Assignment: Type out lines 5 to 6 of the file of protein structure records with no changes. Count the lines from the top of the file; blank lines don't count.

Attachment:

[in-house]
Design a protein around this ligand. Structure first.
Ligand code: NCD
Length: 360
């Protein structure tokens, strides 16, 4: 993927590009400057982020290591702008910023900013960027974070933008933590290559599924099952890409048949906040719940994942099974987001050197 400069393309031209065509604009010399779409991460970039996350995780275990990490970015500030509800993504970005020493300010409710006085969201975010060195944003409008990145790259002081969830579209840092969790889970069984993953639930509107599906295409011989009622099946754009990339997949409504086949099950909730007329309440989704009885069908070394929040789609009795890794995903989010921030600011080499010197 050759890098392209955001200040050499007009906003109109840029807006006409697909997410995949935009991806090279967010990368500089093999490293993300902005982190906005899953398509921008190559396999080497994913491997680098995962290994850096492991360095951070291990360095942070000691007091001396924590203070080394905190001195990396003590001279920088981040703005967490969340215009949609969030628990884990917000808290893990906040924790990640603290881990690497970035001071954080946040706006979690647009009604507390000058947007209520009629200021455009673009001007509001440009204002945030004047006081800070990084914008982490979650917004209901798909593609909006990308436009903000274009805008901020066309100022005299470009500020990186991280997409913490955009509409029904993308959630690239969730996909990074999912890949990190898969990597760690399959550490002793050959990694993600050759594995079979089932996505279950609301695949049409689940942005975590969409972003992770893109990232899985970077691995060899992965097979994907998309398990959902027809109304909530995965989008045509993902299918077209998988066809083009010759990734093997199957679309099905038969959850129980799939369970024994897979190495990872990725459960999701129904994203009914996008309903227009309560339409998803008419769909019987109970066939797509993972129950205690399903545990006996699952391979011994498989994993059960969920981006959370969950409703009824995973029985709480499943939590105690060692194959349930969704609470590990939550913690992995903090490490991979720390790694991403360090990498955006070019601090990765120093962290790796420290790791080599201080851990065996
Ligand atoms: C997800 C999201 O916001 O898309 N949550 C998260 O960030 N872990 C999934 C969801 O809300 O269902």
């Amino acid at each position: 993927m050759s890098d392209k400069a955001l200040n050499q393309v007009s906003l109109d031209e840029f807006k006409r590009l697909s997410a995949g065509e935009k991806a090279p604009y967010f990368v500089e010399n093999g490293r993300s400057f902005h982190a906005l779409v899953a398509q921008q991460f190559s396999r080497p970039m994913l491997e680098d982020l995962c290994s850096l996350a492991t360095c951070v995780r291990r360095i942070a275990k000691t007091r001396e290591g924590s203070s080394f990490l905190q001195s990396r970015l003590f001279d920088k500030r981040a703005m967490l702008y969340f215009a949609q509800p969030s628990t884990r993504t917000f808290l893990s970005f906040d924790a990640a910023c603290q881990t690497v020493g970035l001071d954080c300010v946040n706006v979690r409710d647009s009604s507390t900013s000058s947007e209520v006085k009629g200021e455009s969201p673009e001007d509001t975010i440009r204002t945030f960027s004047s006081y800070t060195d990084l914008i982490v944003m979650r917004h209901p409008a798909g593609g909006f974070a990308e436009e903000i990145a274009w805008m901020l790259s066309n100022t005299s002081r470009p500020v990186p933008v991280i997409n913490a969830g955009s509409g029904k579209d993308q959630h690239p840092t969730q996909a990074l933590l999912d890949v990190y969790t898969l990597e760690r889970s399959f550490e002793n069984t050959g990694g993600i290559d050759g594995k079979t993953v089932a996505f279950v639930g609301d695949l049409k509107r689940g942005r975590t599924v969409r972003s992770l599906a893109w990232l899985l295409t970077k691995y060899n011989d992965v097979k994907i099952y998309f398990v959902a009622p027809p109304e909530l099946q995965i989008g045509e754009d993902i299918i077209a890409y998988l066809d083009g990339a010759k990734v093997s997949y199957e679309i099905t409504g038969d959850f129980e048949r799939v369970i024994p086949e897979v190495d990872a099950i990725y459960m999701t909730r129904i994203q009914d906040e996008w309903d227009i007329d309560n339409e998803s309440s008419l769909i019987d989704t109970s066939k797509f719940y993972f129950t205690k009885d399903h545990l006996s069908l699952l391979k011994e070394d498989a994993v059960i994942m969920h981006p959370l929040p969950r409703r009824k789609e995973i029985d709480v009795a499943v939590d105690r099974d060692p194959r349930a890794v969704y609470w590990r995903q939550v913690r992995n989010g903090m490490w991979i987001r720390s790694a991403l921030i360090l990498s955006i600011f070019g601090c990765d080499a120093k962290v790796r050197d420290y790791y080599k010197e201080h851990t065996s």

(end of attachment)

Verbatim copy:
């Protein structure tokens, strides 16, 4: 993927590009400057982020290591702008910023900013960027974070933008933590290559599924099952890409048949906040719940994942099974987001050197 400069393309031209065509604009010399779409991460970039996350995780275990990490970015500030509800993504970005020493300010409710006085969201975010060195944003409008990145790259002081969830579209840092969790889970069984993953639930509107599906295409011989009622099946754009990339997949409504086949099950909730007329309440989704009885069908070394929040789609009795890794995903989010921030600011080499010197 050759890098392209955001200040050499007009906003109109840029807006006409697909997410995949935009991806090279967010990368500089093999490293993300902005982190906005899953398509921008190559396999080497994913491997680098995962290994850096492991360095951070291990360095942070000691007091001396924590203070080394905190001195990396003590001279920088981040703005967490969340215009949609969030628990884990917000808290893990906040924790990640603290881990690497970035001071954080946040706006979690647009009604507390000058947007209520009629200021455009673009001007509001440009204002945030004047006081800070990084914008982490979650917004209901798909593609909006990308436009903000274009805008901020066309100022005299470009500020990186991280997409913490955009509409029904993308959630690239969730996909990074999912890949990190898969990597760690399959550490002793050959990694993600050759594995079979089932996505279950609301695949049409689940942005975590969409972003992770893109990232899985970077691995060899992965097979994907998309398990959902027809109304909530995965989008045509993902299918077209998988066809083009010759990734093997199957679309099905038969959850129980799939369970024994897979190495990872990725459960999701129904994203009914996008309903227009309560339409998803008419769909019987109970066939797509993972129950205690399903545990006996699952391979011994498989994993059960969920981006959370969950409703009824995973029985709480499943939590105690060692194959349930969704609470590990939550913690992995903090490490991979720390790694991403360090990498955006070019601090990765120093962290790796420290790791080599201080851990065996
Ligand atoms: C997800 C999201 O916001 O898309 N949550 C998260 O960030 N872990 C999934 C969801 O809300 O269902």